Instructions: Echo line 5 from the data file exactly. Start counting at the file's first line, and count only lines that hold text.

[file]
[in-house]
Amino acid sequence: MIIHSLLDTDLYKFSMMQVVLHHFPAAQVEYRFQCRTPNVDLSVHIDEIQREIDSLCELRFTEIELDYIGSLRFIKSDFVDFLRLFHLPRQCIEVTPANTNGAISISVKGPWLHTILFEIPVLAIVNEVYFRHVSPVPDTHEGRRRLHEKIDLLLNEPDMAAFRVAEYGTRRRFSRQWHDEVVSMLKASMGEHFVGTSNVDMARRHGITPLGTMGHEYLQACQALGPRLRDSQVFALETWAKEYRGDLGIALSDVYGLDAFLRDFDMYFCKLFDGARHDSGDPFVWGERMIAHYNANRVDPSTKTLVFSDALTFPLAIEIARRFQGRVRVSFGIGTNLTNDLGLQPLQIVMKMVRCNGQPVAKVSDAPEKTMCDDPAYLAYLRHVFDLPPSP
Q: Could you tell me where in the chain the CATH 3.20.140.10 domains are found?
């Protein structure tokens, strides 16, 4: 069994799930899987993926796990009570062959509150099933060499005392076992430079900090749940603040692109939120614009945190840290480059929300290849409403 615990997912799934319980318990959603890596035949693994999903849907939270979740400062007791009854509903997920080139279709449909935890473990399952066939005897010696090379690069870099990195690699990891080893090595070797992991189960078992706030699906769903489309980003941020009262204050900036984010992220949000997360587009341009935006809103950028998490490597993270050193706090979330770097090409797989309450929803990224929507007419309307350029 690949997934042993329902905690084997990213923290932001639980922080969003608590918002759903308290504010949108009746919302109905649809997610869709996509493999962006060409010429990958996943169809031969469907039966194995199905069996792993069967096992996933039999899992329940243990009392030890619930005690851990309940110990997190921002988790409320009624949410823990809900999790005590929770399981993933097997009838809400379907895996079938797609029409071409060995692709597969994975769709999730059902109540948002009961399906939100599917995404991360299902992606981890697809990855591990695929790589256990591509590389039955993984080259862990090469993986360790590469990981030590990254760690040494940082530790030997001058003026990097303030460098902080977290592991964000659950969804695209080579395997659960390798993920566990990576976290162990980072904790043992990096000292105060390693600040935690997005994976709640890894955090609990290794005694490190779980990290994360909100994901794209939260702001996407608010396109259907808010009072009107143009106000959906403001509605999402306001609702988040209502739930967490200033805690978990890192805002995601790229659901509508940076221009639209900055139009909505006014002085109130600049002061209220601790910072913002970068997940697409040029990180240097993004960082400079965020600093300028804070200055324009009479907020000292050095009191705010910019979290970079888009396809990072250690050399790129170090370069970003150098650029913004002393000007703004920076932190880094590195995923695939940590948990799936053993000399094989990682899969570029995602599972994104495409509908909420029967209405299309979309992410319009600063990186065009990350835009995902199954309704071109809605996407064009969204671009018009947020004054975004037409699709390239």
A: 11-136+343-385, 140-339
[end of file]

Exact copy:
A: 11-136+343-385, 140-339